Six Tiny But Awesome ES7 + ES8 Features

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Development of new features for the core JavaScript language has really improved over the last five years, thanks in part to JavaScript frameworks pushing the limits and proving how important given functionality can be.  My previous ES6 posts, Six Tiny But Awesome ES6 Features and Six More Tiny But Awesome ES6 Features, highlighted a dozen excellent features that were added to JavaScript to make our lives easier -- and they certainly do.  Let's have a look at some of the "small" functionality that ES7 and ES8 brought us!

String.prototype.padStart/padEnd

padStart and padEnd allow us to pad a given string with any text of our choosing to ensure a string matches a given length:

// padStart(desiredLength, textToPrepend)

// No text
''.padStart(10, 'Hi') // 'HiHiHiHiHi'

// Some text
'def'.padStart(6, 'abc') // 'abcdef'

// Only use what gets to length
'5678'.padStart(7, '1234') // '1235678'

// padEnd(desiredLength, textToAppend)

'23'.padEnd(8, '0') // '23000000'

One usage of padStart could include prepending an area code to phone number if the user input isn't the correct length.  padEnd could be used for decimal precision.

Object.entries

Object.entries allows us to get an object's enumerable property pairs in array format ([key, value]):

// Object literal
Object.entries({ 'a': 'A', 'b': 'B' }); // [["a","A"],["b","B"]]

// String
Object.entries('david') // [["0","d"],["1","a"],["2","v"],["3","i"],["4","d"]]

Object.entries follows the same order as for...in would.

Object.values

Object.keys has been immensely useful for me so I was also excited to see Object.values introduced:

// Object literal
Object.values({ 'a': 23, 'b': 19 }) // [23, 19]

// Array-like object (order not preserved)
Object.values({ 80: 'eighty', 0: 1, 1: 'yes' }) // [1, 'yes', 'eighty']

// String
Object.values('davidwalsh') // ["d", "a", "v", "i", "d", "w", "a", "l", "s", "h"]

// Array
Object.values([1, 2, 3]) // [1, 2, 3]

Object.values provides value entries in object literals, arrays, strings, etc.

Array.prototype.includes

Array.prototype.includes is a bit like indexOf but instead returns a true or false value instead of the item's index:

['a', 'b', 'c'].includes('a') // true, not 0 like indexOf would give
['a', 'b', 'c'].includes('d') // false

indexOf has been used over the years to detect item presence in array, but the `0` index can lead to false negatives if not coded properly.  I'm glad JavaScript has added a function that returns exactly what we need: a positive or negative answer!

Exponentiation

JavaScript has introduced a shorthand method of exponentiation:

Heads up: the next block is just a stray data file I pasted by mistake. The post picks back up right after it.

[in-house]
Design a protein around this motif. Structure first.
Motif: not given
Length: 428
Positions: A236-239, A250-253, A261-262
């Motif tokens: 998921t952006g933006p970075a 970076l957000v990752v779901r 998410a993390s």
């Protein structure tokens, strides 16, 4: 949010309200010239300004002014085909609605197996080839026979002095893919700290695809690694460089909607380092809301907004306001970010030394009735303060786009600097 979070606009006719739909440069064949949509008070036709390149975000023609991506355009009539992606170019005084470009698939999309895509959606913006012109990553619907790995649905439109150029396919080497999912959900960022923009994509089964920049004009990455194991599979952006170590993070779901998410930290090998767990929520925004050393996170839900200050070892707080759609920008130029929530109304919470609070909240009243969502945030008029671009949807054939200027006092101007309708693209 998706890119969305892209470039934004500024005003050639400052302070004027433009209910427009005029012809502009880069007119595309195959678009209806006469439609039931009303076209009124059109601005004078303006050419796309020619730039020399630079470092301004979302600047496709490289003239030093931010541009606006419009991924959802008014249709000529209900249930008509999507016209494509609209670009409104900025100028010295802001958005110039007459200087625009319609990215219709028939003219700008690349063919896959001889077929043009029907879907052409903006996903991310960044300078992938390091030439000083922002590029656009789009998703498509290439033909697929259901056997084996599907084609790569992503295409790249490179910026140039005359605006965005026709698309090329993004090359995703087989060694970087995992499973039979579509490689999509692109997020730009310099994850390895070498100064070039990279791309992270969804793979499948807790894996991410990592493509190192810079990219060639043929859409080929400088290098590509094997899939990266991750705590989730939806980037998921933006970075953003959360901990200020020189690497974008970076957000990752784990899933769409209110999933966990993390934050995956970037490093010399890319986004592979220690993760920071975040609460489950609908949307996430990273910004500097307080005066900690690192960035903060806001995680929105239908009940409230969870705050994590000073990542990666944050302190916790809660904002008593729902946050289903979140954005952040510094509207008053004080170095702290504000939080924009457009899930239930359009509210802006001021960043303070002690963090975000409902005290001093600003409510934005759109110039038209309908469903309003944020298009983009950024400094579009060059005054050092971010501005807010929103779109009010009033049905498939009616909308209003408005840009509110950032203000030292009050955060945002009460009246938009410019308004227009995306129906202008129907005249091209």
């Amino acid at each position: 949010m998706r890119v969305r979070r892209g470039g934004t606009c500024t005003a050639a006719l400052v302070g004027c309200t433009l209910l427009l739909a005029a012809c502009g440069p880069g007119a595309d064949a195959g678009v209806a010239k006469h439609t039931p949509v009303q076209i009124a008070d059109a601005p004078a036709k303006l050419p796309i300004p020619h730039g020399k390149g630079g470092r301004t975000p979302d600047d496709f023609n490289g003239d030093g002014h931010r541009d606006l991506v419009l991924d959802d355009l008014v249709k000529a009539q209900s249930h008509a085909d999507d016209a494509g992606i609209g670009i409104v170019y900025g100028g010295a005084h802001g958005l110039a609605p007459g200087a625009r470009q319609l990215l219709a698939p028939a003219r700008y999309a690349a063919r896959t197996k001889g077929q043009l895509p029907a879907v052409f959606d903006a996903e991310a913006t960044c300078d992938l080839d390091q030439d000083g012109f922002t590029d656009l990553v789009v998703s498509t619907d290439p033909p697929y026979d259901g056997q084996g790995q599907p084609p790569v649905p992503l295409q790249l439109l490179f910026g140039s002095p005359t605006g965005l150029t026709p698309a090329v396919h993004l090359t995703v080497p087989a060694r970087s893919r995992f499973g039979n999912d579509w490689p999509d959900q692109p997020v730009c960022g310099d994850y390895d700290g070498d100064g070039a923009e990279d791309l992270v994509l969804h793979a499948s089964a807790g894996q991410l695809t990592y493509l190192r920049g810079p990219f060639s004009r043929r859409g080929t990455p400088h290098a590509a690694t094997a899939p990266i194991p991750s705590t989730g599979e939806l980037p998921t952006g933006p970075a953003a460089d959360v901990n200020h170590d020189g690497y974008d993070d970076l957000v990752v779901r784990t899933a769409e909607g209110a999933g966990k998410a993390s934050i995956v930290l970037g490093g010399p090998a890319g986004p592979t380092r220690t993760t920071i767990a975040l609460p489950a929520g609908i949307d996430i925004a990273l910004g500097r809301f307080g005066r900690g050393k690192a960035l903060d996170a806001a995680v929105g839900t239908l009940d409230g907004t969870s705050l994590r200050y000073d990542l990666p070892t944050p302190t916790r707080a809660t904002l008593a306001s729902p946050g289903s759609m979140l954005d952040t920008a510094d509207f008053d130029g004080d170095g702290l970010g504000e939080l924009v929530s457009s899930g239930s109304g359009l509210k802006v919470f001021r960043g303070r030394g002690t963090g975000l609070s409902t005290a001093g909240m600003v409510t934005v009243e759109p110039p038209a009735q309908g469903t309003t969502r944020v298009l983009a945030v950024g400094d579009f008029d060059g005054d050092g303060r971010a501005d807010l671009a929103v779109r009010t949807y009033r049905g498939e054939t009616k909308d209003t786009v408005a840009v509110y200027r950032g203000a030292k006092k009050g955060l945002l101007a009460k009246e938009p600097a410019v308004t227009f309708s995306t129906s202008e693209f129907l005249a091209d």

// 2 to the power of 8
Math.pow(2, 8) // 256

// ..becomes
2 ** 8 // 256

This new syntax accomplishes the same as  Math.pow with less code!

Trailing Commas

I'm old enough to remember the days where a trailing comma would completely explode your JavaScript code in Internet Explorer 6.  JavaScript now accommodates for the extra comma:

let myObj = { a:'b', b: 'c', } // No error!

let myArr = [1, 2, 3, ] // No error!

[1, 2, 3,].length // 3
[1, 2, 3, , , ].length // 5

The case of the Array length is one to keep in mind.  ESLint has a comma-dangle rule you can use to ensure your comma dangle usage is consistent.

Bonus:  async / await

Obviously async and await, the new method of handling async tasks, is no "tiny" addition, but it certainly is awesome!  Read my async and await guide to transform your callback hell into a more elegant, top-down approach to async code!

With every iteration of JavaScript we're solving problems that we'd been having with lack of functionality or bastardized usage of other functions.  What's your favorite recent addition to JavaScript?

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Discussion

  1. Mike Collins

    In my mind Trailing Commas isn’t a feature. It is a poor way of allowing developers to be sloppy.

    • It was mainly proposed for version control diffs:

      Without trailing commas:

      let opts = {
      - foo: 'bar'
      + foo: 'bar',
      + baz: 'new'
      }
      

      With trailing commas:

      let opts = {
        foo: 'bar',
      + baz: 'new',
      }
      

      For multiline objects/array, I personally think it looks a lot better.

    • Jonathon Nordquist

      Gotta agree with Mike on this, gaining a minor improvement in source control isn’t worth giving an out for poorly written code. Especially as a trailing comma like this is likely to cause confusion. If I open a file and see that I’m going to be wondering what the authors intent was, and if there is something should be missing. Hopefully this is dropped from the spec.

    • Jonathon Nordquist

      Oh, and I should also add, excellent article. First time to your site and I’ll be checking out more of your writing in the future.

    • I think it depends on your code style.

      For small, inline objects/arrays, it doesn’t make sense, but for large, multi-line objects or arrays it’s extremely useful.

      We’ve been using them in PHP for years, and it makes such a difference.

  2. How about template strings for multi line and inline variable parsing:

    let what = 'great'
    
    let statement = `
    Multi line
    
    is  ${what}!
    `
    

    Or, default parameters for functions:

    let add = (x = 0, y = 0) => x + y
    

    I think those are smallish enough to add to this list :-)

    • Igor Fastovski

      Template literals and default parameters are cool but I think they are from ES6.

  3. Hlk

    Cool features!

    But It would be better if you also denoted which of those features are ES7 and which are ES8. Thanks for sharing anyway.

Wrap your code in <pre class="{language}"></pre> tags, link to a GitHub gist, JSFiddle fiddle, or CodePen pen to embed!